Everyone in this business knows that rapport is the bottom line IF you want to get the change the client is asking for. But we don’t always stay tuned into rapport throughout the course of a session – and THAT creates more problems than almost anything else.
Most of us define rapport as something that happens when two folks can relate to each other, connect, or feel safe; in other words, when you like each other. In the world of NLP (Neuro-Linguistic Programming), rapport is defined as your connection, or lack of it, with the unconscious mind – not whether the client likes you, or feels safe with you.
Your first job is to create rapport with the client’s unconscious mind – and then sustain it. Or, what I have found to be even more important, knowing when rapport gets broken and how to re-establish it on the spot!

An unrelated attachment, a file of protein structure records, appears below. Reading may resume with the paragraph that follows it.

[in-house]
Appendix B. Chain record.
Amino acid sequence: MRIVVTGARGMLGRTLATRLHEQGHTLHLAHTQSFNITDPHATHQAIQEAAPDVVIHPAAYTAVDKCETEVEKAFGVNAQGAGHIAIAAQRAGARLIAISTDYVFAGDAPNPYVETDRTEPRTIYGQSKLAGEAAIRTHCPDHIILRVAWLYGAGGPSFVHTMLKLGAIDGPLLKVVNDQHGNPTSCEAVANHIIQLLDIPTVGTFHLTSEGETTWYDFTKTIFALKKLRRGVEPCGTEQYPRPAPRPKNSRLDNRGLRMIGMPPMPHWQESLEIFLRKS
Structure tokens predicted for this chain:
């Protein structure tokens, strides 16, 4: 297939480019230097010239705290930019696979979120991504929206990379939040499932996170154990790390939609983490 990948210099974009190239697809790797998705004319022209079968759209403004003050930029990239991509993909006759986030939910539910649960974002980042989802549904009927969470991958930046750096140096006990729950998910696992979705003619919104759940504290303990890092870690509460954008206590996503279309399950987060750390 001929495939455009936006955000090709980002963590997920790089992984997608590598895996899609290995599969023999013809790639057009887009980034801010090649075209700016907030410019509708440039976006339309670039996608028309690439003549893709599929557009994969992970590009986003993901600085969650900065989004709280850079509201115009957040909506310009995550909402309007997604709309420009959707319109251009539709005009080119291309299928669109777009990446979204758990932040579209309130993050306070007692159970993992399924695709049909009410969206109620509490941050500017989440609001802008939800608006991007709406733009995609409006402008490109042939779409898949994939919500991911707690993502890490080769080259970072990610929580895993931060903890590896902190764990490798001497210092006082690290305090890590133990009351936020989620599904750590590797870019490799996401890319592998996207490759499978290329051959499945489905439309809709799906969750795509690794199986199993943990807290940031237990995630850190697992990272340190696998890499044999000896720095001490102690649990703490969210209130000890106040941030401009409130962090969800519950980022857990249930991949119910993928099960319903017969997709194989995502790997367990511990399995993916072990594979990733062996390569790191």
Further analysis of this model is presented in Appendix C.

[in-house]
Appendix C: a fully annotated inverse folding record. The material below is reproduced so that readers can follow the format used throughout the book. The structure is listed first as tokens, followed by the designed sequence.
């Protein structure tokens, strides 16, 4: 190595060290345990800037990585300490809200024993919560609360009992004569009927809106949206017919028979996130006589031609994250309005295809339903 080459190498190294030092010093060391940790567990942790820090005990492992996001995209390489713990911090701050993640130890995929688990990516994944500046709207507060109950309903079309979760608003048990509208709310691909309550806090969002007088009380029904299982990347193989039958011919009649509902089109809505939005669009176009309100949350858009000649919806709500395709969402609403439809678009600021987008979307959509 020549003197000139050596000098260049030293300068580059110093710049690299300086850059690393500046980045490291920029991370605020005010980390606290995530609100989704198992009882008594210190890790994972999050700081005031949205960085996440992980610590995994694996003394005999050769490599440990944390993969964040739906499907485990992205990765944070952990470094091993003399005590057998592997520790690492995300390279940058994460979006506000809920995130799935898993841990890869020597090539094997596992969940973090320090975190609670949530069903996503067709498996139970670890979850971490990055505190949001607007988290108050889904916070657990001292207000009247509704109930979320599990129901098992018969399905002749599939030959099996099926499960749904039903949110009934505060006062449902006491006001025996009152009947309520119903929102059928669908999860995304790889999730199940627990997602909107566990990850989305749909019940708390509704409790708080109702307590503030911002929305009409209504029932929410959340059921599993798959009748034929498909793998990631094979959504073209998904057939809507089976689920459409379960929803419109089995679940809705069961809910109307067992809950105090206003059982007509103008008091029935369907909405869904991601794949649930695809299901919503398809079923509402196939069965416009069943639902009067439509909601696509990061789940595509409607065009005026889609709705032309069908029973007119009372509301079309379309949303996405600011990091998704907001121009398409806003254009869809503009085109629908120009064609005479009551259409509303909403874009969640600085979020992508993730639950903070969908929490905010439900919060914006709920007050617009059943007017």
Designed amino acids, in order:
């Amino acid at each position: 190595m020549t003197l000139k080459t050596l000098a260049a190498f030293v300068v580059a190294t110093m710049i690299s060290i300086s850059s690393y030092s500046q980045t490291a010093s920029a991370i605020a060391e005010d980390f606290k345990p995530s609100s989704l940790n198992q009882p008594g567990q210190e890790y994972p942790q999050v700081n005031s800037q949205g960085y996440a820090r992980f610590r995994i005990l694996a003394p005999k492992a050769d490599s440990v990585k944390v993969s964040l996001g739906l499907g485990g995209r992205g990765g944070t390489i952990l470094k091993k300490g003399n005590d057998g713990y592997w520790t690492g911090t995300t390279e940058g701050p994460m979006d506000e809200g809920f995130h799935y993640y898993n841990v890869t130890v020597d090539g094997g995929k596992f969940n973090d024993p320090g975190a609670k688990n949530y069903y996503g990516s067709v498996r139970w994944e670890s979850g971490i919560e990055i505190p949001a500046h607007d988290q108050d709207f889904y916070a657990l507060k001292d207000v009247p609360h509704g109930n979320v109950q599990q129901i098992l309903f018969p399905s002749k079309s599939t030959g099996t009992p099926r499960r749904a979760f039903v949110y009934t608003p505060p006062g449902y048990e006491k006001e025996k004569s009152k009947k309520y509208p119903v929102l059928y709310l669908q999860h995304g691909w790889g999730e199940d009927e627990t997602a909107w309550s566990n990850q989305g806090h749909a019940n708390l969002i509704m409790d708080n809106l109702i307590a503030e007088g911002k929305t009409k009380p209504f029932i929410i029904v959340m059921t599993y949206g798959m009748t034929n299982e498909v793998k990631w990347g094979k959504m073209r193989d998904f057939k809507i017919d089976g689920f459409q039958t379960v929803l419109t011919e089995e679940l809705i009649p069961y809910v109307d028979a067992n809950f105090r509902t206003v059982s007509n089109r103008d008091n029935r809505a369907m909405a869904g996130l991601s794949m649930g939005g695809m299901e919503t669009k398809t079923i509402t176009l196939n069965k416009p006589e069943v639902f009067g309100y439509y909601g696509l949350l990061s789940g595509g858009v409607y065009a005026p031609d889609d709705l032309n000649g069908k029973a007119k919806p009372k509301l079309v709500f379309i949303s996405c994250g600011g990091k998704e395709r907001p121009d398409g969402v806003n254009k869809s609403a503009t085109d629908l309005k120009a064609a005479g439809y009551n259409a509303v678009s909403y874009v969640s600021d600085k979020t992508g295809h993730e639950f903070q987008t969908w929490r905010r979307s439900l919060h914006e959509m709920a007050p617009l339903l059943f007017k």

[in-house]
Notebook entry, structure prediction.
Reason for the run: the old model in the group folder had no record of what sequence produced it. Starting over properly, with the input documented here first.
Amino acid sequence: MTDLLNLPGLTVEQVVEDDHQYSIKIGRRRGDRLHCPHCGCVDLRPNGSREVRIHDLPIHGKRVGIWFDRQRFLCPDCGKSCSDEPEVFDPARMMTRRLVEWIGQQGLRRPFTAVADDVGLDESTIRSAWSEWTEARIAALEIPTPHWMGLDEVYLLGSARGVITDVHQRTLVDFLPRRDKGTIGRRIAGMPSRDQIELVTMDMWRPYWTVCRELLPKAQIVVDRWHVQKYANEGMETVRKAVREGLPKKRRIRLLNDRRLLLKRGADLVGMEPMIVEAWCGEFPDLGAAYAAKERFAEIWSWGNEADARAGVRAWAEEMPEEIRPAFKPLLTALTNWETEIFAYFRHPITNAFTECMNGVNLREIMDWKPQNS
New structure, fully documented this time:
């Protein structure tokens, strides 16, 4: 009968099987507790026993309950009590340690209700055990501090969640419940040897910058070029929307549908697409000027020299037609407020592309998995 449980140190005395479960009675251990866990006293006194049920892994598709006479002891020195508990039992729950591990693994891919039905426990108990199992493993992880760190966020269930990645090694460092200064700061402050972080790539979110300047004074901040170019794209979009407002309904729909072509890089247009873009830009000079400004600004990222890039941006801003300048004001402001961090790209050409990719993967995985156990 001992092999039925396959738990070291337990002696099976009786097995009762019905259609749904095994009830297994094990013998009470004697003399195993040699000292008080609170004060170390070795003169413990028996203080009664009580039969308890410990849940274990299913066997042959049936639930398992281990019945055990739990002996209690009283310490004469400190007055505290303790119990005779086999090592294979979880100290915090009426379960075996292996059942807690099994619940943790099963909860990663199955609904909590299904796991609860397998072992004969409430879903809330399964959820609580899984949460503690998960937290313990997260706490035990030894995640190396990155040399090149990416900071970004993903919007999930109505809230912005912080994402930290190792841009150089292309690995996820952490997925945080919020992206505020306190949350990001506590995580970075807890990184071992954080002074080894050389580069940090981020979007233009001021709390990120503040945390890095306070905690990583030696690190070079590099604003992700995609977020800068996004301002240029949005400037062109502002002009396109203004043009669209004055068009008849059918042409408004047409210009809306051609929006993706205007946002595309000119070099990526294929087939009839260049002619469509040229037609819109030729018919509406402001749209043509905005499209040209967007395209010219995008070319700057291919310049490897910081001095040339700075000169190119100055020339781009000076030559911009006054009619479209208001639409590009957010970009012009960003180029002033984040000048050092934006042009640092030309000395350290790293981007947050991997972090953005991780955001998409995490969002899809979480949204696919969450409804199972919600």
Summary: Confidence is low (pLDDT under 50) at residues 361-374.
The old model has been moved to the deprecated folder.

How do you get an unconscious mind to feel safe with you? Not necessarily by being nice and kind, or looking and sounding understanding. The unconscious mind knows that you see it when you reflect back its own patterns.
We all easily relate to people we feel are the same as us. We assume because they are so similar, they can understand us and that creates a feeling of safety – as if we’re in the presence of a member of our own tribe.
NLP is widely known for teaching students to create rapport by mirroring their client’s body postures, movements, eye patterns, and language. But the key is knowing how to assess whether or not you succeeded in establishing rapport with the unconscious mind.
How do you do it? Continue reading